Washington Court House City Manager Joe Denen discussed the city’s current water levels during Wednesday’s council meeting.
Currently, the total water reservoirs are at 154 million gallons while the available water is at 114 million gallons. Denen explained the reason the available water is less is due to difficulty in withdrawing water, as the water level gets lower in a reservoir—as there is sedimentation.
Denen explained, “Well number eight is pumping away and that gets you 2.8 million gallons per day. The farm wells—and you see those if you walk around the reservoir out by the YMCA that the pipe dumps in there, that’s the water from those. You get 0.6 million gallons per day.”
According to Denen, the average demand for water is 1.5 million gallons per day.
“So you’re still in very good shape,” he said. “It’s been dried up long enough that we’re going to continue to keep a close eye on that. We have been pumping a bit out of the creek.”
Other updates from Denen during the meeting included a quick mention that Washington Avenue is near completion and that “Red Mile” has had action taken to address citizen concerns.
The Washington Avenue construction is an Ohio Department Of Transportation (ODOT) project that, according to the ODOT website, began in April and has an investment of $3,385,000. The strip of Washington Avenue that has been closed for the project for multiple months now is between Columbus Avenue and Stuckey Road.
Although the initial completion date for the project was in October, the date has been pushed back due to various setbacks, as previously reported.
The project includes a new storm system, gutters, sidewalks, street and water main line along with driveway approaches for the residents.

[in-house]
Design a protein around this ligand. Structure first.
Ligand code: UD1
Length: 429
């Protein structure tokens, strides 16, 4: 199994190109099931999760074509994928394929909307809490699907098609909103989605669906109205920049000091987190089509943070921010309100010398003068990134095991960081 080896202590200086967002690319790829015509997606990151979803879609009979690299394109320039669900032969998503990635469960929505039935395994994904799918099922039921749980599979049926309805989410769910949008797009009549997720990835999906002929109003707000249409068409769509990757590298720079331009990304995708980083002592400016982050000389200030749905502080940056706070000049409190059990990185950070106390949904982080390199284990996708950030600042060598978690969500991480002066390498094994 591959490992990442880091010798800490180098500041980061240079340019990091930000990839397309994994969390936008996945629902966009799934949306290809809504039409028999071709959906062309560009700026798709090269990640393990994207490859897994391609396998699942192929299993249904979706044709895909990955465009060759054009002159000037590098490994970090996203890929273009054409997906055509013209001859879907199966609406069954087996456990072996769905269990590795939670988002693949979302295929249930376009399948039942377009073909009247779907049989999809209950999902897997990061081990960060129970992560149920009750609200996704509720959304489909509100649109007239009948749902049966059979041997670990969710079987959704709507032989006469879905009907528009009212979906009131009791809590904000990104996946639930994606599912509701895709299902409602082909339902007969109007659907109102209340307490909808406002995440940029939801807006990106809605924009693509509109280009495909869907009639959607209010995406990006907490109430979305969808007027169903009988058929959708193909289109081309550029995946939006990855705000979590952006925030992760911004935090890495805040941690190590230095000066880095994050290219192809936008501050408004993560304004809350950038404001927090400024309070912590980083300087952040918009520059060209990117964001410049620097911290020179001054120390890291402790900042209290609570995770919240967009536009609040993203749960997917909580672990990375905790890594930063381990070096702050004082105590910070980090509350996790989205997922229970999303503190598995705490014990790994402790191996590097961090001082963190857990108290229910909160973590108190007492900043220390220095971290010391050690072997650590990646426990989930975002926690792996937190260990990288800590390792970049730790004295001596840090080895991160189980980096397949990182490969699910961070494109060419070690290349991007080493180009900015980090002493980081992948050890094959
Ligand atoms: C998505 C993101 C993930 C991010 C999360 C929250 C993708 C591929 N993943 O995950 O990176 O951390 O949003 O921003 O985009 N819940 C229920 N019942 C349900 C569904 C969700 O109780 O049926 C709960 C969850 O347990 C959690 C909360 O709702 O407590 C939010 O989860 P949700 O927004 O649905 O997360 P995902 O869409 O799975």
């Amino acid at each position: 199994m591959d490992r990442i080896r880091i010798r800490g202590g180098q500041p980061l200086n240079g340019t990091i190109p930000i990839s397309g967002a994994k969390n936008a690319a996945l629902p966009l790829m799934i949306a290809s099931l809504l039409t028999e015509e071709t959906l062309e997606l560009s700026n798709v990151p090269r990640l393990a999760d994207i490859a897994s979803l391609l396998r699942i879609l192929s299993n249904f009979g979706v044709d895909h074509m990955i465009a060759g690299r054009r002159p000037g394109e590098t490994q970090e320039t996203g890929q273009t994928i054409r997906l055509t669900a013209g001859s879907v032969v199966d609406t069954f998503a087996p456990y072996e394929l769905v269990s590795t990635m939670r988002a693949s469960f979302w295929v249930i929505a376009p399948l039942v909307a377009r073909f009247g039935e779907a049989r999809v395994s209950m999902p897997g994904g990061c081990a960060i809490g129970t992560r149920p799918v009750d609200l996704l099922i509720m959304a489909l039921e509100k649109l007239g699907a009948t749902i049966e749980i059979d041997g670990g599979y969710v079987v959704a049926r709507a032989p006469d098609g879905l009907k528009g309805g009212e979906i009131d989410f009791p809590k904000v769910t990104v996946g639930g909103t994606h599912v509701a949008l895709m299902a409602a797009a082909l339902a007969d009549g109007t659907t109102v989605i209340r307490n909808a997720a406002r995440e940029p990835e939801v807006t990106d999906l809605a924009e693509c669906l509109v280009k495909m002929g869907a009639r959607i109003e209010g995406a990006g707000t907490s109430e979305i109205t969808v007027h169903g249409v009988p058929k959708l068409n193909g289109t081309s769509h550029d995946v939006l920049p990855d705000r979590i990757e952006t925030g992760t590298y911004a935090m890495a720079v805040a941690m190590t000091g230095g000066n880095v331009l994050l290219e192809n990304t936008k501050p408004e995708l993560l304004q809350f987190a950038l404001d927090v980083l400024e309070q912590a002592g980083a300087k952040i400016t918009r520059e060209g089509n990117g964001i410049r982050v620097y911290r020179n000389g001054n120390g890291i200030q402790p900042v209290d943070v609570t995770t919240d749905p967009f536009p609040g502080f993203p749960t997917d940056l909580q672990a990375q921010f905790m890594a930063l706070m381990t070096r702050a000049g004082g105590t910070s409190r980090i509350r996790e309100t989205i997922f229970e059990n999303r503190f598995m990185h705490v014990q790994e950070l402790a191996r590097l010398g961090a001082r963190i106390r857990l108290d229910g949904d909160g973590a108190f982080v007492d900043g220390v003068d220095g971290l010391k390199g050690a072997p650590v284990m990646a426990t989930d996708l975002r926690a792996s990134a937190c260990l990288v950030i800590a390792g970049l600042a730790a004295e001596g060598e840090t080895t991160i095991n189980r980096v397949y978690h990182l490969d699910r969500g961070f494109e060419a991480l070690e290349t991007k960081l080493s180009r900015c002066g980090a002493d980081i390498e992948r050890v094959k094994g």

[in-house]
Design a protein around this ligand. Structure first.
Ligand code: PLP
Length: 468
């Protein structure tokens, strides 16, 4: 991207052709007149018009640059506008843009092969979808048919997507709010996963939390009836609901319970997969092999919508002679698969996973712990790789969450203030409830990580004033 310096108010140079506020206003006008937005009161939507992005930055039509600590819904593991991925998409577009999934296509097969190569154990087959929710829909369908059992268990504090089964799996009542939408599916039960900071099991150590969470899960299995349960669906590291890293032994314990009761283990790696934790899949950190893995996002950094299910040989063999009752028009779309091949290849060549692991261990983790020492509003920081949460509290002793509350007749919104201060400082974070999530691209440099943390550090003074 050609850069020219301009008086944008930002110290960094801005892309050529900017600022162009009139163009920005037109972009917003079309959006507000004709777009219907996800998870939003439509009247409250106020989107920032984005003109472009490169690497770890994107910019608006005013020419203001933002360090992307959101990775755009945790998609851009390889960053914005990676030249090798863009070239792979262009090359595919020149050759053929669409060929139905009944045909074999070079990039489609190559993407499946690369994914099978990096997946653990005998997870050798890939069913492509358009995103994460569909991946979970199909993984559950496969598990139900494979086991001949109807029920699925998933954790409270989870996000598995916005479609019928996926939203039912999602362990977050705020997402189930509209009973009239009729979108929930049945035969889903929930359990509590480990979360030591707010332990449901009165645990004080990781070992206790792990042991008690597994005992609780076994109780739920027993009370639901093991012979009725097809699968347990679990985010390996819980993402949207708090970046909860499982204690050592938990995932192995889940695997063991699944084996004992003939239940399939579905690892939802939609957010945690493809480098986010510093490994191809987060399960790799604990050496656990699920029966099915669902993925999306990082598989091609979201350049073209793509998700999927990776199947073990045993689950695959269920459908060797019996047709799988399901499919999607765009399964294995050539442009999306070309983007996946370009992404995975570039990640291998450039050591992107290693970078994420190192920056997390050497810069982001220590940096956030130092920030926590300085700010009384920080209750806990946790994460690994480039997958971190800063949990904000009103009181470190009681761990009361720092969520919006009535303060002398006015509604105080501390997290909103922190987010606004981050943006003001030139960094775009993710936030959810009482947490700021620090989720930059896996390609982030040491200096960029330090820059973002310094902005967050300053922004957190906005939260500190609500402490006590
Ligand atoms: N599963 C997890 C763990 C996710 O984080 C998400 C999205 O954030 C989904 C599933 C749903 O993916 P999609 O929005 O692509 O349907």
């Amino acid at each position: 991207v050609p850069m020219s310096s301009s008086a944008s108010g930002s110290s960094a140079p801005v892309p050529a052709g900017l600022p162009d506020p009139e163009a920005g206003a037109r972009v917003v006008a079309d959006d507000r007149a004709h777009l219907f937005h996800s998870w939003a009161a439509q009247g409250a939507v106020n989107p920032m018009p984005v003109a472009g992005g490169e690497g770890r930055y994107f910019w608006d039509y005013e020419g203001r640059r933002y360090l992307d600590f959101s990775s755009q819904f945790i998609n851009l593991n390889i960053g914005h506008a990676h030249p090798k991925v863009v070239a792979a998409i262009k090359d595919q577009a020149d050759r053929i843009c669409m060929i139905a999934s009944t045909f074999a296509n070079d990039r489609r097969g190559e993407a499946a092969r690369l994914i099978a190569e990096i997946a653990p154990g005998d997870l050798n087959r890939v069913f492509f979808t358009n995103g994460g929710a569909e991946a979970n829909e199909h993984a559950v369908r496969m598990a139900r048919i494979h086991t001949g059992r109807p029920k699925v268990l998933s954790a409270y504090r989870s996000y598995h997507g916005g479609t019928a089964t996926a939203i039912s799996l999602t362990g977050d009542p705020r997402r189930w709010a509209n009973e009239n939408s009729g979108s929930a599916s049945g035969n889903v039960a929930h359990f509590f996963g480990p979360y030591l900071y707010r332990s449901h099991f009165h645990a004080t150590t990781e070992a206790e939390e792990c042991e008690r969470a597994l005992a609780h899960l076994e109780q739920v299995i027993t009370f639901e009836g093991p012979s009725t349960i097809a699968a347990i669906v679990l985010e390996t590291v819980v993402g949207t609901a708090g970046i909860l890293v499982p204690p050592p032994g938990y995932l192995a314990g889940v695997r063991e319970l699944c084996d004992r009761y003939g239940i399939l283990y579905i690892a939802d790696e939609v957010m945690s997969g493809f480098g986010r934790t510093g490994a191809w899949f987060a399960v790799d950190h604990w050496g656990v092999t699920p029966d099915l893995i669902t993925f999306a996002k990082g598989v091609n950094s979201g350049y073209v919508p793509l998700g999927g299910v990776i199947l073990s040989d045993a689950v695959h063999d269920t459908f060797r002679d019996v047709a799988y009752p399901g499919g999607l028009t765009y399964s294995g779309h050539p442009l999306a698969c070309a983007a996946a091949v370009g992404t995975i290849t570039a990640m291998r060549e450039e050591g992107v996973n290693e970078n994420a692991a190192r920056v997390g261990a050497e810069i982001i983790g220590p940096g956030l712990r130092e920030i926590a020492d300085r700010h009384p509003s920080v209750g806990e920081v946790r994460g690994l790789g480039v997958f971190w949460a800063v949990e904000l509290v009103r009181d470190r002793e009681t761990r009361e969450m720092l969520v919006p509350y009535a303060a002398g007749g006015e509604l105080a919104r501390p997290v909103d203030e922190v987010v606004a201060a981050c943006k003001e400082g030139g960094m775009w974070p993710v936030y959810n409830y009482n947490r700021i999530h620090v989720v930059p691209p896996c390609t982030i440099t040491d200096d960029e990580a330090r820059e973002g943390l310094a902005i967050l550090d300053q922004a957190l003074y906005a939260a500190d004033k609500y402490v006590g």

“Red Mile—the houses that are under construction out there,” said Denen, “(City attorney) Mr. (Mark) Pitstick sent the builder a letter saying that we have observed that they are in a nuisance condition and the builder responded to that letter. (Building & zoning inspector) Mr. (Rod) Bryant has been out and had a meeting with the builder at the site and location to talk about the issues that we are concerned about with those houses.”
“The builder was directed to make repairs as soon as possible so that they can be secured,” he further explained. “To do clean-up work. Specifically, with the dumpster and all the mud they’ve tracked out on the street, and that is something that we will continue to work closely and pay attention to what is going on there and move that along.”
Denen then thanked council for paying attention to the Red Mile complaints and said they may need to continue paying attention to the project.
Two different types of legislation that council addresses are ordinances and resolutions. The first time legislation is seen and approved by council it is placed on a first reading, the second time on a second reading and the third time on a third reading. Adoption of new legislation can occur once ordinances are placed on the third reading and resolutions are placed on the second reading.
There were only two ordinances addressed. Both were placed on second reading and are pertaining to the 2020 fiscal budget.
While each ordinance has several categories, as previously reported, some of those categories pertain to Fund 101, costs of staffing, paving and durable equipment investments for the service department, debt retirement, projects such as the Waste Water Treatment Plant and the Temple Street Bridge Project, etc.
One ordinance has a list of appropriations showing a grand total of $47,844,765 while the other ordinance has a list of appropriations with a grand total of $2,917,880.
Reach Jennifer Woods at 740-313-0355 or on Twitter @JennMWoods.